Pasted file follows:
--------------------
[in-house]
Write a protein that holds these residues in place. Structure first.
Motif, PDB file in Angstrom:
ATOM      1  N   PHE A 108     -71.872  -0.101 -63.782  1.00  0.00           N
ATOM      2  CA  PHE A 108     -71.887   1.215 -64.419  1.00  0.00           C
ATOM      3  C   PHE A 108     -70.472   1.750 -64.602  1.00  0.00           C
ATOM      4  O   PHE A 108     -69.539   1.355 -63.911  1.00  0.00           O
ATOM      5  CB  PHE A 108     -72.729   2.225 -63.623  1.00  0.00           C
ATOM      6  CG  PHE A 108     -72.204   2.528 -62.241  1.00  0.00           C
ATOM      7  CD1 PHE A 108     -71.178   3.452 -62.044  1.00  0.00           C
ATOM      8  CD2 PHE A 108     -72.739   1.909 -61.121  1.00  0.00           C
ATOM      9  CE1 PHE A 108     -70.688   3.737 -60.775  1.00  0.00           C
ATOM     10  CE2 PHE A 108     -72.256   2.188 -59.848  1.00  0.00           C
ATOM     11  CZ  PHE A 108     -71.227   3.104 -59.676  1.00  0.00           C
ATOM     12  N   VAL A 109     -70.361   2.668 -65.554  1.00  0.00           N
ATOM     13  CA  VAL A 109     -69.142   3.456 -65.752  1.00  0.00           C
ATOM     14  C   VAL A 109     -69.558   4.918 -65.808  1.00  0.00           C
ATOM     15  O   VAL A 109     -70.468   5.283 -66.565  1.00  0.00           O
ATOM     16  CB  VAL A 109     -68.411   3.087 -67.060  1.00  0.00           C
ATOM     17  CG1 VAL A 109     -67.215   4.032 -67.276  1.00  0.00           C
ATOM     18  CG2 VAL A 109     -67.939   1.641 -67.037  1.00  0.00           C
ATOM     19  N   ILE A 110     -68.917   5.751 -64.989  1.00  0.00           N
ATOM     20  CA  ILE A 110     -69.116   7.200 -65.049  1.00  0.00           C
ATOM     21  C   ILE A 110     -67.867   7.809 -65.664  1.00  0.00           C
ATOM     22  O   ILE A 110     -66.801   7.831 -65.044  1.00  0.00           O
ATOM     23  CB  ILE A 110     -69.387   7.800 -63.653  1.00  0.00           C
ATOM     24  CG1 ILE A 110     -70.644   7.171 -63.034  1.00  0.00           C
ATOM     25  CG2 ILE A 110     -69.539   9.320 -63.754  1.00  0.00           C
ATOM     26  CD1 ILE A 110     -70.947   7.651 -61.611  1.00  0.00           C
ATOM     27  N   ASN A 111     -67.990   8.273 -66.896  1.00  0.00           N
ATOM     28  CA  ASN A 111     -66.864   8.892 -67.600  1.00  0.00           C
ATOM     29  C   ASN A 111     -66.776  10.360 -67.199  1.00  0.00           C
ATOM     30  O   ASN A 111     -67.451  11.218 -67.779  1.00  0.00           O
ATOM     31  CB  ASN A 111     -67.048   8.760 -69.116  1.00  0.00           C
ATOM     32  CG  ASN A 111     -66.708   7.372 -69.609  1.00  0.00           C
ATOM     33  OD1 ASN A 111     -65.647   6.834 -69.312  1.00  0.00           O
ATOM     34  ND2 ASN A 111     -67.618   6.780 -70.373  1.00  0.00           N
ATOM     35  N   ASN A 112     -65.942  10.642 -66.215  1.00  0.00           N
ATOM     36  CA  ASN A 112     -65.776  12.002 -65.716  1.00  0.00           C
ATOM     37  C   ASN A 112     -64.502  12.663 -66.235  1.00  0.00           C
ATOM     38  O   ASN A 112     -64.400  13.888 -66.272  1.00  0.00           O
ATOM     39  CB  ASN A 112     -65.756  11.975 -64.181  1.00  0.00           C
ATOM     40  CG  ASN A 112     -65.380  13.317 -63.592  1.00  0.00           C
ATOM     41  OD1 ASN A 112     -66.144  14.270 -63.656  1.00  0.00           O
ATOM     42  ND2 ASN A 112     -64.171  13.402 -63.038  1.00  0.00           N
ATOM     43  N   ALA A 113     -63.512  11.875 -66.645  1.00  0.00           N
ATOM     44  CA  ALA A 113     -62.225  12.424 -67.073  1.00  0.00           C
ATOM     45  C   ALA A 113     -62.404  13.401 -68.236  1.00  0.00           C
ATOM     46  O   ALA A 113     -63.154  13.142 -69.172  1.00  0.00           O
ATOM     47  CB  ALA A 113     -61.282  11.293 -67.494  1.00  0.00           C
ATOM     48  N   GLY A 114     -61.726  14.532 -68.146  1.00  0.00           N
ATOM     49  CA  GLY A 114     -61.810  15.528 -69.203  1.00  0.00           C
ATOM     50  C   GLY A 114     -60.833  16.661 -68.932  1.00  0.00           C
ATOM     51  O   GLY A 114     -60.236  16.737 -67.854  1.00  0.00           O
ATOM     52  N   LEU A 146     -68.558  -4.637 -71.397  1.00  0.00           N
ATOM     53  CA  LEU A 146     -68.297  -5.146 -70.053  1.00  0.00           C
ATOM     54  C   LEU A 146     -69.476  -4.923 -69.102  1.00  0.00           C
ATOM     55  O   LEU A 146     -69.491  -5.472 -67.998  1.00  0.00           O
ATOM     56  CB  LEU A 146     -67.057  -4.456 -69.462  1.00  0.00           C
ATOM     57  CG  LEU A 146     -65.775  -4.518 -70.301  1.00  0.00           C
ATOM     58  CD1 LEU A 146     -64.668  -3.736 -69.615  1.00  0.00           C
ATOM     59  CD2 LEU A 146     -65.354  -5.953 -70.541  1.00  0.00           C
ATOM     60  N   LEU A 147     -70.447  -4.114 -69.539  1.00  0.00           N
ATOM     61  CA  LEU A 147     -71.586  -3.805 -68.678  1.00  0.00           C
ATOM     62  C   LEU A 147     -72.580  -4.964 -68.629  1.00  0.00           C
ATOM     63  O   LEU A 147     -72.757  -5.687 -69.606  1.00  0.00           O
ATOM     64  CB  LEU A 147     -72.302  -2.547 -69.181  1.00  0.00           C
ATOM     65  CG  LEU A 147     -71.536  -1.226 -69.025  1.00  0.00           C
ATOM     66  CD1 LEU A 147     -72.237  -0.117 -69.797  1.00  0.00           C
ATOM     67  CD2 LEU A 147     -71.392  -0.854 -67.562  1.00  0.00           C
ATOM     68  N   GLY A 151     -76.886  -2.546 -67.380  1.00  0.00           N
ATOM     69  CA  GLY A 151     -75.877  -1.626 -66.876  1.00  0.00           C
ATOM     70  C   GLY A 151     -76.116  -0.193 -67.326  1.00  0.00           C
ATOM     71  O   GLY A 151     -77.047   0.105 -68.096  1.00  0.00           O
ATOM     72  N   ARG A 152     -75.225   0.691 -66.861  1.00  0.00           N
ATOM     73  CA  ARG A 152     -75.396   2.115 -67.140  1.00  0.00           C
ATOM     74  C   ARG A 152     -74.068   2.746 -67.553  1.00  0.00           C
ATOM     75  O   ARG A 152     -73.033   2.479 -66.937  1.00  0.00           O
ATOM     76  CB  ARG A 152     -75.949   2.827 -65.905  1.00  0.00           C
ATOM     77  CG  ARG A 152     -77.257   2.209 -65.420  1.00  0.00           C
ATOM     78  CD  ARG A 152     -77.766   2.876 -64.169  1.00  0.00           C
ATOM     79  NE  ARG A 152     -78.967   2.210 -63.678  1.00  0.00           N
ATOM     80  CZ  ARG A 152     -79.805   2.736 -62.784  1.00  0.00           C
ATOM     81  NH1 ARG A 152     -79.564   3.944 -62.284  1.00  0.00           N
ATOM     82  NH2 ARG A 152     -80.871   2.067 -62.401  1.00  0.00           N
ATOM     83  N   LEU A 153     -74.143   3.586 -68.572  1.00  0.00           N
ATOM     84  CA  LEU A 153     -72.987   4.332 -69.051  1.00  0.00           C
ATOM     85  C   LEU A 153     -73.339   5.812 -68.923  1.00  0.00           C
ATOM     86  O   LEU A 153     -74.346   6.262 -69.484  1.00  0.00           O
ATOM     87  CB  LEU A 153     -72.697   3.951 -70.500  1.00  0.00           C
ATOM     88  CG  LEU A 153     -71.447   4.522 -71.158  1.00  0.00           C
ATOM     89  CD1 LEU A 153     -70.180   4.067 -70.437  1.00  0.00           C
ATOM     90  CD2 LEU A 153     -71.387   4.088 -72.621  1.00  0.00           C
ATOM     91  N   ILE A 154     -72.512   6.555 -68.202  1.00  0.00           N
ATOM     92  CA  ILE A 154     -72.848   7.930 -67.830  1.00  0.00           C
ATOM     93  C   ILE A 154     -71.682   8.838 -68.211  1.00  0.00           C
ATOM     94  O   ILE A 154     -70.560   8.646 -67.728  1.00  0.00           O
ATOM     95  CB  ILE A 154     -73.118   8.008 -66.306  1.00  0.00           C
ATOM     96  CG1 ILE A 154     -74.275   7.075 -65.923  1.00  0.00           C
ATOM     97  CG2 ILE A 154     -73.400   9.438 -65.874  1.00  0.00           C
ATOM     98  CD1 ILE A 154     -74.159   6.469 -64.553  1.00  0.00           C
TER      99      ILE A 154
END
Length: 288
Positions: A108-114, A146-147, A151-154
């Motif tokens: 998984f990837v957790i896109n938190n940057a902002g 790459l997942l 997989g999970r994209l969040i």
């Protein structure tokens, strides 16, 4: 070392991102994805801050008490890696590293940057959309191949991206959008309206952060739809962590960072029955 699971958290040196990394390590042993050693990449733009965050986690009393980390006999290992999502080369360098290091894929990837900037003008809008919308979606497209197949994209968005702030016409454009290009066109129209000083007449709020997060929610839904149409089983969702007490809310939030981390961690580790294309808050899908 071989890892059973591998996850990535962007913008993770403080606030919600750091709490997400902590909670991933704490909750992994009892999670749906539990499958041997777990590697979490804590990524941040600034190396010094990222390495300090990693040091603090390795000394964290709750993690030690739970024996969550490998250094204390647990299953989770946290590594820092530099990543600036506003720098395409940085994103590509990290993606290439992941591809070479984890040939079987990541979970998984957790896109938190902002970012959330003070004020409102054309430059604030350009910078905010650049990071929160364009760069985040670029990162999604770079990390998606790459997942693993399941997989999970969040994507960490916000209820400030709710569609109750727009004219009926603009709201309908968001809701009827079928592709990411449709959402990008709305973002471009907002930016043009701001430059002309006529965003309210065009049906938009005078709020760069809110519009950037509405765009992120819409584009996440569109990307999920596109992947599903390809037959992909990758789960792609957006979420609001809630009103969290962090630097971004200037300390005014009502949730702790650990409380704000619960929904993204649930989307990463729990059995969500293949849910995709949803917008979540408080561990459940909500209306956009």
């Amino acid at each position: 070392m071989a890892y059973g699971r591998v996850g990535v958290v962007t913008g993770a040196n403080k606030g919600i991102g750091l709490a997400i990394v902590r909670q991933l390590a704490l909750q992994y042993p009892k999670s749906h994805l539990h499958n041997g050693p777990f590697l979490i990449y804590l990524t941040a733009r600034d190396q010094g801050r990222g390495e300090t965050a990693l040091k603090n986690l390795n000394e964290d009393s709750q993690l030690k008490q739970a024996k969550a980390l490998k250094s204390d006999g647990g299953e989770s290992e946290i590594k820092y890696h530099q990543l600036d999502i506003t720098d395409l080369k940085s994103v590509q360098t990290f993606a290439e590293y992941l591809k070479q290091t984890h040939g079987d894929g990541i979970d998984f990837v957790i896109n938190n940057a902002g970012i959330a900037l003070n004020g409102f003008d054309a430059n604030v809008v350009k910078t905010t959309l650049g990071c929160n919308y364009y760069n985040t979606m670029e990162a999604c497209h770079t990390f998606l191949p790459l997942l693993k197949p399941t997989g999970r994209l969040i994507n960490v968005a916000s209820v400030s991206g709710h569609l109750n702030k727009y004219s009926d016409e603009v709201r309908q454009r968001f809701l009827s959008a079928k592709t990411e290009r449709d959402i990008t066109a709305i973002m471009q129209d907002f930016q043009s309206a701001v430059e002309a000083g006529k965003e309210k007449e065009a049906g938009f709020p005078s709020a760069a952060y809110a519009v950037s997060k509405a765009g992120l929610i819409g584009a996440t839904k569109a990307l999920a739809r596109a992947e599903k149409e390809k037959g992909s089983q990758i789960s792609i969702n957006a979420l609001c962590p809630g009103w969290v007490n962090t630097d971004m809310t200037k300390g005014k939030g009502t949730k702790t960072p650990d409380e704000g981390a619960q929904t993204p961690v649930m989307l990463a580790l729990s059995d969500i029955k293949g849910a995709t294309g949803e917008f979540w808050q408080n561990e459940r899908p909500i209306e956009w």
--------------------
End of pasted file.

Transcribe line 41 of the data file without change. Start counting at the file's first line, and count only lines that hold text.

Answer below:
ATOM     38  O   ASN A 112     -64.400  13.888 -66.272  1.00  0.00           O